Creating Accessible Videos

Videos can be made accessible by:

  • the way the video is created;
  • how the video is inserted in the site;
  • by providing a transcript;
  • by providing audio descriptions; and
  • by providing captions.

Video content

When creating video content:

  • select an appropriate video length;
    • for instructional videos, an appropriate length is 5 to 10 minutes
    • recorded lectures or events may be longer, but realize your audience's attention span
  • use only high contrast colors;
  • do not convey information using color alone;
  • do not use patterned backgrounds or settings;
  • do not include any flashing or flickering content; and
  • use a consistent, accessible file format.

If you plan to display text on screen, make sure that it’s reasonably large and choose a readable font. Use high-contrast colors, and ensure that the text remains on-screen long enough to be read.

Modified from "Video Accessibility Principles" (Accessibility Oz)

Authoring tools

When utilizing authoring tools to produce learning modules or other video resources, enable accessibility features based for the specific software or application. (Vendors typically provide this information online, or try consulting a company representative.)

Important: Once learning modules have been created, output typically cannot be made accessible. The best solution is to enable accessibility features within the software or application settings, edit the native file, and re-publish the output.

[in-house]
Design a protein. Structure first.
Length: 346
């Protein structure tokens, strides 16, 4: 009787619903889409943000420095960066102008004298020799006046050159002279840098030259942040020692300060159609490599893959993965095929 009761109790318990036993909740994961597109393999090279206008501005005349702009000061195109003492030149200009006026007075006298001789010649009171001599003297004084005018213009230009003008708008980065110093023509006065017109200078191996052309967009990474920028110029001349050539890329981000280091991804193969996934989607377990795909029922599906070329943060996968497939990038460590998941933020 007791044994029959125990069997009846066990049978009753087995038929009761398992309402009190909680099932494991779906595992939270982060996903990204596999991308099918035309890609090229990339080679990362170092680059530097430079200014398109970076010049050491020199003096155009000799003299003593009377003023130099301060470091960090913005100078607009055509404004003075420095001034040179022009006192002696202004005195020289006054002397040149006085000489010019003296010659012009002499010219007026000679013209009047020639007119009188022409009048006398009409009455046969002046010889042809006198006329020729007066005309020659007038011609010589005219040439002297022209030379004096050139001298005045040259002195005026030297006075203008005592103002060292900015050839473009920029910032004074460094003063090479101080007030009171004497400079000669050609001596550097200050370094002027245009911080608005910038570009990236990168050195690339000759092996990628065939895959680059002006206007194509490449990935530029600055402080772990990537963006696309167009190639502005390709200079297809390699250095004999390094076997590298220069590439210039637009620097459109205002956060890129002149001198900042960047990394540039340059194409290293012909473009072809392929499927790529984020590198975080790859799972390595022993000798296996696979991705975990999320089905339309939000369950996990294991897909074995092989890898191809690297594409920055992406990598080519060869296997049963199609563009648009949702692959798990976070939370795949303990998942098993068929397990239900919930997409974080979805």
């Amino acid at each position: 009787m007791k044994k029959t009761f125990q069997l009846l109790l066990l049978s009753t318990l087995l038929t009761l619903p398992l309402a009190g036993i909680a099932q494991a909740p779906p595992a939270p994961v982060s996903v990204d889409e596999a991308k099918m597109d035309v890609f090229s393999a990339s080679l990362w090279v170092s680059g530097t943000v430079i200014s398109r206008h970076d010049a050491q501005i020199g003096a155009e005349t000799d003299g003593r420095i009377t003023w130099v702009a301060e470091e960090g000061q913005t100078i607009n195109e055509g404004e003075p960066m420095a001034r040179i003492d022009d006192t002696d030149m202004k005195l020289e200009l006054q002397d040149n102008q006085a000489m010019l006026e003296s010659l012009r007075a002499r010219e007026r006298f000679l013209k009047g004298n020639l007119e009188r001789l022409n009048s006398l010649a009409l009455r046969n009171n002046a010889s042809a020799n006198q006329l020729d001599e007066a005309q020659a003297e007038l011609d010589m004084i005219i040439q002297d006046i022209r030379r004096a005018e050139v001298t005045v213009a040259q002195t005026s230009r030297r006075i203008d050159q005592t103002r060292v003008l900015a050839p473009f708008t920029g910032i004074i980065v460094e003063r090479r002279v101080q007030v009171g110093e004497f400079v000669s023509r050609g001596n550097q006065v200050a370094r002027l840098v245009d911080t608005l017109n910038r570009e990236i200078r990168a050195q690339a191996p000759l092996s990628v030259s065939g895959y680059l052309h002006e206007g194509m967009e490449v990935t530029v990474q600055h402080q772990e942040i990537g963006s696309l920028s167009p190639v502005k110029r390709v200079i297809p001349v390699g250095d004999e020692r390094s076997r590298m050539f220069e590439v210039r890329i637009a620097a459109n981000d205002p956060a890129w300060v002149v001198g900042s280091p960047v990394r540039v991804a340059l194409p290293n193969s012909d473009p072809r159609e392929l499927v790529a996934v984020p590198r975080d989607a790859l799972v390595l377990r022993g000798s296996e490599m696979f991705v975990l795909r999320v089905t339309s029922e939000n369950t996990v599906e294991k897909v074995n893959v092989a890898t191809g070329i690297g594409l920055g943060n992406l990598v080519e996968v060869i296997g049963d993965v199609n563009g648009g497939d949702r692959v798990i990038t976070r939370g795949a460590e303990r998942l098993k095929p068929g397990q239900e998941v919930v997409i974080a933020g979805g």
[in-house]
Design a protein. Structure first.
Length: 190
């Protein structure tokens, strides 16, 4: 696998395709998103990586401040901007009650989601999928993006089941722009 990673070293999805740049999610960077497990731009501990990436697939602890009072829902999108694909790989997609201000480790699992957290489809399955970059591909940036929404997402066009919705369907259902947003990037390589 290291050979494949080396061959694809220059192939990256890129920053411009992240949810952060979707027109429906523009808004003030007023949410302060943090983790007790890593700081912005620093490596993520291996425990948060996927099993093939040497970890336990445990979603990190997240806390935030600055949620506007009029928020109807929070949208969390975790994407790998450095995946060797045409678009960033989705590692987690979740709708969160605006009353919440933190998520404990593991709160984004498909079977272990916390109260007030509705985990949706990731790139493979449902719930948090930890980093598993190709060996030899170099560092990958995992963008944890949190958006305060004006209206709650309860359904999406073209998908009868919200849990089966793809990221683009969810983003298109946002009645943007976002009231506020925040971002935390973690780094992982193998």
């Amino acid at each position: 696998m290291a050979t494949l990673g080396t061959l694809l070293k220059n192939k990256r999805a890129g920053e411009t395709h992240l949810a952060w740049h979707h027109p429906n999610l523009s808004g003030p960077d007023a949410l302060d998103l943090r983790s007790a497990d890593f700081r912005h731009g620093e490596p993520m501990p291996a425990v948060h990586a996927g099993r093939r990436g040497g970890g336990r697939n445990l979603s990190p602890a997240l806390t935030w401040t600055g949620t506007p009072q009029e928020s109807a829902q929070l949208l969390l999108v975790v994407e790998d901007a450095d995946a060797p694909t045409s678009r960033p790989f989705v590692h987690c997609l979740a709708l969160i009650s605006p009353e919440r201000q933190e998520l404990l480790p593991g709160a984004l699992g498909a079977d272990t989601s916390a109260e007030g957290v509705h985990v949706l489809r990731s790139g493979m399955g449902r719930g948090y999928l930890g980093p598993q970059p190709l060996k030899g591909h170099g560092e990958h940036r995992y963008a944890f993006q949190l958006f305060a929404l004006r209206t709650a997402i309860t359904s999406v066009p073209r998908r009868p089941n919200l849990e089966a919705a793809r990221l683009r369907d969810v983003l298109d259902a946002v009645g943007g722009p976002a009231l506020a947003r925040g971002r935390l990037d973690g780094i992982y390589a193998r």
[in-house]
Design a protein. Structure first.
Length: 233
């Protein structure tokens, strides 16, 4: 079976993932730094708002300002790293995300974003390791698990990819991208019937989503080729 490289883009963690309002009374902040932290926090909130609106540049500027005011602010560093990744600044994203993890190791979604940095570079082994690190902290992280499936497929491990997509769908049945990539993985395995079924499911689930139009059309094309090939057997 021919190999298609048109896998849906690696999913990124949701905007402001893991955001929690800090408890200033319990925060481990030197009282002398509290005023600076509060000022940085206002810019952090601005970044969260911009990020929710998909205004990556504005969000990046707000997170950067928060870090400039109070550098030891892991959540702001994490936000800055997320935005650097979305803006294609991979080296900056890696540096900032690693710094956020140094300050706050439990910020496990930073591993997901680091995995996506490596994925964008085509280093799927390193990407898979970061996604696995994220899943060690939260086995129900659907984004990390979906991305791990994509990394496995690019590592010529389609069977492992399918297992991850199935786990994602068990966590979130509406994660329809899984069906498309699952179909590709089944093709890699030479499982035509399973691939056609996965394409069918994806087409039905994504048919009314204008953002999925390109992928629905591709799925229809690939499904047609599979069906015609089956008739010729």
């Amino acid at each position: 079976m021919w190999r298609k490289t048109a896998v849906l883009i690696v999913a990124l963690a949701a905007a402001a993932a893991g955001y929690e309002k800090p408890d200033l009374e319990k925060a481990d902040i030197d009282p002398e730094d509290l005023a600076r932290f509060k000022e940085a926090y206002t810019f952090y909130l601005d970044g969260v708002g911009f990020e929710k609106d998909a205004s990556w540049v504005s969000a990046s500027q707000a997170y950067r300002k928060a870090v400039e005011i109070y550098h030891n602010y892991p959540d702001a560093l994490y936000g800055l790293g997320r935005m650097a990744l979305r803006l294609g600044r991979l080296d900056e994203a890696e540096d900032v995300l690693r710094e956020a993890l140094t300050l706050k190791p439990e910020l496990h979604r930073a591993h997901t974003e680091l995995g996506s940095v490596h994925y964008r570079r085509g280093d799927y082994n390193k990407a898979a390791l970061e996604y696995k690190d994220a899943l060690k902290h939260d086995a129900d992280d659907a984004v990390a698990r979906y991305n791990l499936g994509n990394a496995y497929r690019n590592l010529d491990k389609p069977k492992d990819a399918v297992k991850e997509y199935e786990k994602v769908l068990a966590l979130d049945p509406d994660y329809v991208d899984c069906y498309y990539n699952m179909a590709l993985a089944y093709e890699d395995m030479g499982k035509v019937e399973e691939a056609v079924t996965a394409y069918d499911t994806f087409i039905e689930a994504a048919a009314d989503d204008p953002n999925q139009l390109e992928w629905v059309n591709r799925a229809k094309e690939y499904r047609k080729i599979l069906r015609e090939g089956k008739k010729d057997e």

Adding videos to websites

When inserting a video in a website:

  • allow the user to skip over the video using the mouse only;
  • allow the user to skip over the video using the keyboard only;
  • ensure the site is functional and all content is available without the video; and
  • include information about how to access the video player.

See requirements for video players, captions, transcripts and audio descriptions.

Did you know?

  • In the United States, about 55 million people have a disability (src: 2010 U.S. Census).
  • About 1 in 5 Americans have some kind of disability (src: 2010 U.S. Census).
  • The percentage of people affected by disabilities is growing as our population ages.
  • Two popular, free screen readers are VoiceOver (Mac OS and iOS) and NVDA (Win).
  • Good accessibility practices can improve the search ranking of your website.
  • Form fields without labels can cause problems for some assistive technology users.
  • Low color contrast makes content difficult to see, especially for users with low vision.
  • Documents linked on a website need to be accessible too (e.g., PDF and Word files).
  • Audio content, like podcasts, need transcripts for deaf or hard of hearing users.
  • Online videos should be captioned for deaf or hard of hearing users.
  • Using HTML tags correctly is very important for accessibility.
  • Descriptive link text helps make a website more accessible. Avoid using "Click here" or "Read more."
  • A "screen reader" is an application that reads content aloud to a user.
  • There is no "alt tag" in HTML. "Alt" is an attribute used with the img tag.
  • HTML uses the alt attribute to provide a text description of an image.
  • Alt text should describe an image, if the purpose of the image is to convey information.
  • If an image is a link, the alt text for the image should explain where the link goes.
  • If an image is only being used for decoration, the alt text should be null (i.e., alt="").
  • If a table has headers, using header tags (<th>) will make the table more accessible.
  • An accessible website is one that can be navigated and understood by everyone.